Filtering spectra or wavelengths is the means of ignoring wavelength “noise” and building your model on the more integral part of the spectrum. Within the spectrum of a data collection, there will be segments which show chaos and segments which show clear variance. Our goal when filtering is to exclude the chaotic and non-informative parts and focus on the area with clear variance.
This helps create better models that have:
- Less LVs (latent variables), resulting in models that are more robust.
- Smaller error and better performance parameters (R2, F1).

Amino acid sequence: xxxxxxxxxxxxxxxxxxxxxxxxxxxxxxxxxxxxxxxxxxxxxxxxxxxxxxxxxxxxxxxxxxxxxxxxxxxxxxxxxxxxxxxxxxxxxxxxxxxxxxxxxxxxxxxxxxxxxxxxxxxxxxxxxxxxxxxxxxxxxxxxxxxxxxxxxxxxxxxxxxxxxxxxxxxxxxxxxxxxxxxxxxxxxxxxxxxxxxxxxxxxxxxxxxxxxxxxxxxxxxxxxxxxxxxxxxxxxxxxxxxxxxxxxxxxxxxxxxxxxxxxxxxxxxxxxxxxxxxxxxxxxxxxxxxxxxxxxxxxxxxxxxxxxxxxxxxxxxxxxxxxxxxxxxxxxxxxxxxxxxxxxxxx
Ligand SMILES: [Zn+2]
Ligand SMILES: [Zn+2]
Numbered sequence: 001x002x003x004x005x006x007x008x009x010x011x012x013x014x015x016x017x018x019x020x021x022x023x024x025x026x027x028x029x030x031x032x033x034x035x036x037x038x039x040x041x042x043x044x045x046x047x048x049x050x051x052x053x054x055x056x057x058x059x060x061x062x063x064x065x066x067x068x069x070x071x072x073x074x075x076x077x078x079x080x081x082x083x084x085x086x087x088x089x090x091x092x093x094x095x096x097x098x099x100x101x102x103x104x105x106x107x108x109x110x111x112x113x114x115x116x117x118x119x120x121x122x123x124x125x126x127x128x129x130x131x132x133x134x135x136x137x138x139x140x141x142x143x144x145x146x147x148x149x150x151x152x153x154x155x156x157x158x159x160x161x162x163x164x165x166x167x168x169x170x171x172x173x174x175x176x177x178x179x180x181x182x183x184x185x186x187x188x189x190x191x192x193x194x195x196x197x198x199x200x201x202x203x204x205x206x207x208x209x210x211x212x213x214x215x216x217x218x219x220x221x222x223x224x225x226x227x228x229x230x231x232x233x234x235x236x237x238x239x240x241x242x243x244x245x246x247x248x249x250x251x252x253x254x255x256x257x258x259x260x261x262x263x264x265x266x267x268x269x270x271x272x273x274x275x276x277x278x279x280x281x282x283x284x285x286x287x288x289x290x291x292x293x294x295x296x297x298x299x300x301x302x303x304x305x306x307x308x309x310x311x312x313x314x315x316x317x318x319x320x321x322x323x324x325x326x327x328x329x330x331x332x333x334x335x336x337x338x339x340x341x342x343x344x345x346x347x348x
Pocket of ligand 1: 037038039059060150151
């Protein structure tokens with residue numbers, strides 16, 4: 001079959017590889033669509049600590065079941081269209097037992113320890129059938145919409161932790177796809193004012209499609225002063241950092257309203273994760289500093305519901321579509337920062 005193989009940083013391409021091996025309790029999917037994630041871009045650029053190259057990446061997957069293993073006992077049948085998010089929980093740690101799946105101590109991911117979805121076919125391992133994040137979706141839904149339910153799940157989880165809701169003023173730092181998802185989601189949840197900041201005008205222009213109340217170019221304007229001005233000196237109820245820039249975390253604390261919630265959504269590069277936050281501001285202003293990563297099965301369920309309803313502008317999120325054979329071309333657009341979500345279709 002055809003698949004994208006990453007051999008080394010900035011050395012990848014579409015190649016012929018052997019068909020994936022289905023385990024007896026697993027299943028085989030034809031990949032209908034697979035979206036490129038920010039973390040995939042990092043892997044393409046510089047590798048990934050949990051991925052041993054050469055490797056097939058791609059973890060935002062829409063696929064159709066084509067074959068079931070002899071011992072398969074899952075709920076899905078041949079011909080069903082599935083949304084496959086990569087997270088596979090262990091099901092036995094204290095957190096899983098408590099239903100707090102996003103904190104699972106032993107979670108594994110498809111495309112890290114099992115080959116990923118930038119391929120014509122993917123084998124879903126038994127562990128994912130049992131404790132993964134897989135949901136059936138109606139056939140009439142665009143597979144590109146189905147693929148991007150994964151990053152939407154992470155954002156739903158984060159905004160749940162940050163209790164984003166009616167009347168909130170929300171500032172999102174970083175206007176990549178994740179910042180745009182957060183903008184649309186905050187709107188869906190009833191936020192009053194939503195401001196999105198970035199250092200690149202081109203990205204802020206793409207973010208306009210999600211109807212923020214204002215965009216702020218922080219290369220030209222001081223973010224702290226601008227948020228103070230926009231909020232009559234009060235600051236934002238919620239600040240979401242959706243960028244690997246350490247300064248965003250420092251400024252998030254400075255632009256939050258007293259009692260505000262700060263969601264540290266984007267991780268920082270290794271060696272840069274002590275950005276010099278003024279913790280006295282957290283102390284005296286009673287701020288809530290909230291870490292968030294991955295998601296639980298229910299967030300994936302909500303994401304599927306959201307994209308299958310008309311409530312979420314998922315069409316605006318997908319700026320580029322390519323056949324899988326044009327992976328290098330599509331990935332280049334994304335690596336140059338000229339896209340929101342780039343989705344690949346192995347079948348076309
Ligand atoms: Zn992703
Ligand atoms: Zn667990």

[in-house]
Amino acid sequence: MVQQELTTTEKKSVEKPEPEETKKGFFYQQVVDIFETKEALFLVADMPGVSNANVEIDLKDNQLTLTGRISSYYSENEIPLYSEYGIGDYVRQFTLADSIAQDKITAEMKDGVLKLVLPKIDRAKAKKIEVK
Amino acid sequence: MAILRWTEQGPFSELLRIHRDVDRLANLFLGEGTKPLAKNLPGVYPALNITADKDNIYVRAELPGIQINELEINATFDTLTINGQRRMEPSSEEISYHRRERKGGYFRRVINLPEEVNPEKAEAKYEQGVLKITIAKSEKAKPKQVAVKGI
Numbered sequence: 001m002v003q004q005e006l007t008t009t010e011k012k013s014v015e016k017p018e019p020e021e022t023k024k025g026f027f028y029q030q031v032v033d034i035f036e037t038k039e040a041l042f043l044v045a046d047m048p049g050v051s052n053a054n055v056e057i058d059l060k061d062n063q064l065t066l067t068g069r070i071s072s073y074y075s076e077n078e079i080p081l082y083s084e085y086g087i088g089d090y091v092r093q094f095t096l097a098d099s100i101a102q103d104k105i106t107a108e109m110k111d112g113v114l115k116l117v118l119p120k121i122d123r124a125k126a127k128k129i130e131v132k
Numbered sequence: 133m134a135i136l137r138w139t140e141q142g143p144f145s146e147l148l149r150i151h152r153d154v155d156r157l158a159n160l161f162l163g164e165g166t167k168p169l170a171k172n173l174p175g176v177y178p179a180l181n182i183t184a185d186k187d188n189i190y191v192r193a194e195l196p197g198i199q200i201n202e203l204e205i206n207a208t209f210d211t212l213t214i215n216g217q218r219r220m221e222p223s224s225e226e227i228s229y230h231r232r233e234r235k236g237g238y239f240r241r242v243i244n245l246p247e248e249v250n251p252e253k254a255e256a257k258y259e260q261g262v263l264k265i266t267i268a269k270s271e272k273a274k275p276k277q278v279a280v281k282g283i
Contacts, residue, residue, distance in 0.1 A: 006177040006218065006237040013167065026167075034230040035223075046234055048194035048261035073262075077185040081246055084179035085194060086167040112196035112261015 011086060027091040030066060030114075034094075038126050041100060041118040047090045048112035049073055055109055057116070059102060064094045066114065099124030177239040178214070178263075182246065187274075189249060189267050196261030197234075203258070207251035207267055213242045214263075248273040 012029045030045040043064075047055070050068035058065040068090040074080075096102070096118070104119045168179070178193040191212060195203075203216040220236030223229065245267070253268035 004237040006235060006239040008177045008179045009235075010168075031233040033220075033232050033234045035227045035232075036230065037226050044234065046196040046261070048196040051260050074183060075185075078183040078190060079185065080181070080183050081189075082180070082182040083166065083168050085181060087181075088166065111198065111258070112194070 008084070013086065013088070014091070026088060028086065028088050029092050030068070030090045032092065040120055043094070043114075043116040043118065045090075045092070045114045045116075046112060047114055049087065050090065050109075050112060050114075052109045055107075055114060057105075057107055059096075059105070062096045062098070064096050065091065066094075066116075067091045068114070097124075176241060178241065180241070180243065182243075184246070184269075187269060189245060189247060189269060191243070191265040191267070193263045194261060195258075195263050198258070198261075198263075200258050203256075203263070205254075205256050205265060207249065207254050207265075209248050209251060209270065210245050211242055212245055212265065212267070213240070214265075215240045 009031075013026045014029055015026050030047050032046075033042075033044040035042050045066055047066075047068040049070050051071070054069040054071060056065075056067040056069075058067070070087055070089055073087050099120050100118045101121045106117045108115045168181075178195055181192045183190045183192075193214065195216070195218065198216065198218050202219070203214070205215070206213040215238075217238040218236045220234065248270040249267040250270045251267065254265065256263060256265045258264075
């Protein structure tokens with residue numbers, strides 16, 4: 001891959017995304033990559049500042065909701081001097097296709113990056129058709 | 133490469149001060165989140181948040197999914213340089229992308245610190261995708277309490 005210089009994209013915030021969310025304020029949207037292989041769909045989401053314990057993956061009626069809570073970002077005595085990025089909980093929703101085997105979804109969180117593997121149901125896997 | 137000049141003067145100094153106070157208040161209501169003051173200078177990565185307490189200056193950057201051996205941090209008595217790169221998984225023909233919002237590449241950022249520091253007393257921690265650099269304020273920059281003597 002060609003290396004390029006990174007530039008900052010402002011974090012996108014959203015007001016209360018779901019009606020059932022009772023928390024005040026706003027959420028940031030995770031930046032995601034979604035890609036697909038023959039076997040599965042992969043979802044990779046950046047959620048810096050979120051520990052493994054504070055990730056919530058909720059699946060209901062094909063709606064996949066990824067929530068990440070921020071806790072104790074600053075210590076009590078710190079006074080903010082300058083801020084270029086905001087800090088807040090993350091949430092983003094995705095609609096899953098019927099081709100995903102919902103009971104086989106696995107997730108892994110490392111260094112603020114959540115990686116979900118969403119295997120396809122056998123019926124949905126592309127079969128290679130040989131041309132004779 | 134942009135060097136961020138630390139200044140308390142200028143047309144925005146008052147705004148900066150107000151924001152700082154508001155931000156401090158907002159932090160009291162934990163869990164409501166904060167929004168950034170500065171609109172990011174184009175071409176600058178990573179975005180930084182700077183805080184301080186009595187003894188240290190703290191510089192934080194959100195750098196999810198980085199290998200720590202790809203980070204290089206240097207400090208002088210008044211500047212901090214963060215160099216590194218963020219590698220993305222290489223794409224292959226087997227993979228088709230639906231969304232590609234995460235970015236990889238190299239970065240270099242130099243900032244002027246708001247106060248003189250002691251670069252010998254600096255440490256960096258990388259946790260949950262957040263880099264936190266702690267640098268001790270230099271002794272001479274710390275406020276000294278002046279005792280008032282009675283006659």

- Better error distribution (condensed around the black line).
The following example, taken from the default Hard Cheese collection, Spectrum tab view, shows the entire wavelength of the data collection filtered by fat. You can see easily the areas that included too much chaos or too much non-informative data to be useful when creating a model.
The second example shows the same collection filtered to a range of 910-970 and preprocessed using Processed.
Here, you can easily identify the clear, logical variance of the samples (low fat spectra at the top, high fat at the bottom) and the strength of the model this collection will build.
- Removing noisy parts of the spectrum or focusing on ranges that look informative will typically improve your results significantly.
- Check a few different wavelength ranges when creating your models for best results.